Some of us share a common experience. You’re driving along when a police cruiser pulls up behind you with its lights flashing. You pull over, the officer gets out, and your heart drops.
“Are you aware the registration on your car has expired?”
You’ve experienced one of the costs of procrastination. Procrastination can cause missed deadlines, missed opportunities, and just plain missing out.”
Procrastination is avoiding a task that needs to be done—postponing until tomorrow what could be done today. Procrastinators can sabotage themselves. They often put obstacles in their own path. They may choose paths that hurt their performance.
Though Mark Twain famously quipped, “Never put off until tomorrow what you can do the day after tomorrow.” We know that procrastination can be detrimental, both in our personal and professional lives. Problems with procrastination in the business world have led to a sizable industry in books, articles, workshops, videos, and other products created to deal with the issue. There are a number of theories about why people procrastinate, but whatever the psychology behind it, procrastination may cost money—particularly when investments and financial decisions are put off.
As the illustration below shows, putting off investing may put off potential returns.
If you have been meaning to get around to addressing some part of your financial future, maybe it’s time to develop a strategy. Don’t let procrastination keep you from pursuing your financial goals.
Let’s look at the case of Cindy and Charlie, who each invest $100,000.
Charlie immediately begins depositing $10,000 a year in an account that earns a 6% rate of return. Then, after 10 years, he stops making deposits.
Cindy waits 10 years before getting started. She then starts to invest $10,000 a year for 10 years into an account that also earns a 6% rate of return.
Cindy and Charlie have both invested the same $100,000. However, Charlie’s balance is higher at the end of 20 years because his account has more time for the investment returns to compound.
The earlier you start saving for retirement the better. It is very rare to hear someone state they feel over prepared for retirement. Albert Einstein once said, “Compound interest is the eighth wonder of the world.” As you can see above, the earlier you start, the longer you have compound interest working in your favor.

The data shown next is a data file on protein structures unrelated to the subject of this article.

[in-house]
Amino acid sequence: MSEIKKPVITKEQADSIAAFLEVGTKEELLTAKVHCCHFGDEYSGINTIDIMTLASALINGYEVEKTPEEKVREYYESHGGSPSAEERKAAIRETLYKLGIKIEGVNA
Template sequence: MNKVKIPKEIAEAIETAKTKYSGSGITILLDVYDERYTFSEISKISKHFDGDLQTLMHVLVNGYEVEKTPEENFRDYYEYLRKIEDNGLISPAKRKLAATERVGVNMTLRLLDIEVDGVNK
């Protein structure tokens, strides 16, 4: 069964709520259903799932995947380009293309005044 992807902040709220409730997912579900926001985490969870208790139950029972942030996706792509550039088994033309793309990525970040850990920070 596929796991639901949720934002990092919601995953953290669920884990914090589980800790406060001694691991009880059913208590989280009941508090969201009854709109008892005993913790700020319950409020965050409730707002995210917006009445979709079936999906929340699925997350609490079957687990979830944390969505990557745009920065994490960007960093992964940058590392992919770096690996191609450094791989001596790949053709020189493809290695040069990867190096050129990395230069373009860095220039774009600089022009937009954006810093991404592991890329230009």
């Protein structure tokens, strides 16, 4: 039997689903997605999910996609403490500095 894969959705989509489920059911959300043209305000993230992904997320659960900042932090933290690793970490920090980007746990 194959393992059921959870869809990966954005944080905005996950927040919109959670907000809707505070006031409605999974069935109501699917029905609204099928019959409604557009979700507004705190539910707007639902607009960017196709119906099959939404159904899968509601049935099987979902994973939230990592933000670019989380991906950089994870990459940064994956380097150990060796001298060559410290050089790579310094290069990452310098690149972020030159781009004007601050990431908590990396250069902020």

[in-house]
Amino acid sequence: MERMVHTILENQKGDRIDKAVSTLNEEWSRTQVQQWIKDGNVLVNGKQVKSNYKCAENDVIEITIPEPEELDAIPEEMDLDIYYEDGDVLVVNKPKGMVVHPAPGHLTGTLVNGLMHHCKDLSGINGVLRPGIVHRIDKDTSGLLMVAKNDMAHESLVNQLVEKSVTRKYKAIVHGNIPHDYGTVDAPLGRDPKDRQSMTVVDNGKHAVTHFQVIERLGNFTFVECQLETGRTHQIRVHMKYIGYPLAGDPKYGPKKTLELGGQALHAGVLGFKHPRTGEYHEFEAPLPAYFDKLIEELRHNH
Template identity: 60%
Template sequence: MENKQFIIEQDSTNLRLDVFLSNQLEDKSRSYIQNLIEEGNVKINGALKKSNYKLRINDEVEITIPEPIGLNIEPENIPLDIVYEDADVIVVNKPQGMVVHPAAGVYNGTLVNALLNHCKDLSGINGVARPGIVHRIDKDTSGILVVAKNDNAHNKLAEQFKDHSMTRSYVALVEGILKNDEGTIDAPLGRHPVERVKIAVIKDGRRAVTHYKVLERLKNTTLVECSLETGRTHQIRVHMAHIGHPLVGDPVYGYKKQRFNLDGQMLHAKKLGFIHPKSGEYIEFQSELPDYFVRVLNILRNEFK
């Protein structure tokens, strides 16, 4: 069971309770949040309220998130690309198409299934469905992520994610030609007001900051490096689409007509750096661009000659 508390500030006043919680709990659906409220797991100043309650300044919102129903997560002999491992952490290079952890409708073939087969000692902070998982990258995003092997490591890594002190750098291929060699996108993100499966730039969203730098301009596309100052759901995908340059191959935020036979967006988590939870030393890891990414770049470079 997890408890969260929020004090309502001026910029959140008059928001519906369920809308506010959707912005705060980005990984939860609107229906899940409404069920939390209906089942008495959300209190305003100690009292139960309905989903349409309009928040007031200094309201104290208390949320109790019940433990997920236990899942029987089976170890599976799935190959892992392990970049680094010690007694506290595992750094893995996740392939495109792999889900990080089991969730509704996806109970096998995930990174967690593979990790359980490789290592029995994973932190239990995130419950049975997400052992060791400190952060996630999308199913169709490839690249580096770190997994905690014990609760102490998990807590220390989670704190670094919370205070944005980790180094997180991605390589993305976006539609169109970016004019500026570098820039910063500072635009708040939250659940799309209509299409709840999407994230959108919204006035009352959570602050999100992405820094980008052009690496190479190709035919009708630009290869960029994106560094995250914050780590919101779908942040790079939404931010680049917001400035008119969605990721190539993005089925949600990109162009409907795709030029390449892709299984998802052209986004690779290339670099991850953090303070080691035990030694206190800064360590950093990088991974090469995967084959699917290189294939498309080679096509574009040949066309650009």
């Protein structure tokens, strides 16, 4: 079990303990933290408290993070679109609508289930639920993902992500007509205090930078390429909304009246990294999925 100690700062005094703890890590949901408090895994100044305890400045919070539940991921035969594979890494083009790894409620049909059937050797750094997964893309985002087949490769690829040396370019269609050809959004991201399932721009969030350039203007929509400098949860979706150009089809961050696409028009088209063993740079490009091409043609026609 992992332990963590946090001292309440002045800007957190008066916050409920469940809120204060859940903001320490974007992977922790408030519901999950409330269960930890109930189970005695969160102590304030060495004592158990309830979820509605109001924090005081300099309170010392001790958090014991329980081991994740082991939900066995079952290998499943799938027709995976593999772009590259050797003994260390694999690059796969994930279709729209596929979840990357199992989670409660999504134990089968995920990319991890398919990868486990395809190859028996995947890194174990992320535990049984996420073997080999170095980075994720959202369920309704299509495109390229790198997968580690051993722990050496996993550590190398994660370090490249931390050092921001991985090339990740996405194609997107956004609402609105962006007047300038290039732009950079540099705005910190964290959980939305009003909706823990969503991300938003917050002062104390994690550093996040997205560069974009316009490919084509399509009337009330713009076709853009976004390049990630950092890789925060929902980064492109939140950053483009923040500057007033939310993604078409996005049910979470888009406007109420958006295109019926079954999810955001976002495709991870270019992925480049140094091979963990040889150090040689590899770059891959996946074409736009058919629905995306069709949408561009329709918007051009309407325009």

Contributing to a 401(k) requires discipline, but it can yield a strong retirement nest egg if done with consistency. Even if you only start with $5 per paycheck, something is better than nothing. Plus, I doubt you will notice the difference on your paystub.
Don’t Forget to Plan
Antoine de Saint-Exupéry once said, “A goal without a plan is just a wish.” This rings true whether you are approaching retirement or just getting your first job. Planning for your financial future is key and doing so with a qualified professional is even more important.
If you have any questions about the health and strategy of your current plan, give us a call.
Have a great weekend!
Source: Ballentine Capital Advisors
Golf Tip of the Week
The Mistakes to Avoid if You Want to be a Good Golf Parent
If you’re a parent that loves to golf, it seems like a no-brainer to introduce your kids to the game, but how do you avoid becoming the “crazy golf parent?”
In this episode of Golf IQ Luke Kerr-Dineen and I share the best insights we’ve received from tour players and their parents, and what we’ve learned from our own junior golf experiences.
Be supportive, not pushy
First and foremost, golf should always be fun for your junior. We’re not saying that they have to be happy all the time, but, practicing, playing and even tournaments, should never feel like a job to them.
“When you see your junior start to take an interest in golf, it’s so easy to want to start pushing,” Kerr-Dineen says.
But, no matter how hard you try, you’ll never be able to want it for them.
You can take them to practice, get them lessons and sign them up for tournaments, but if they don’t want it, it’s going to feel like work and all that pressure will create resentment.
Take it from Mike Thomas, Justin Thomas’ father, who once told Kerr-Dineen that the key is to keep it fun and to have them enjoy the game above all else.
“[He said] If they enjoy the good bits, then they’ll start enjoying the bad rounds too and the hard work that goes into it,” Kerr-Dineen says, “but the second you start pushing, that’s the moment things start toppling over.”
We know it’s just because you want the best for them, but you have to let them figure it out for themselves, Kerr-Dineen says.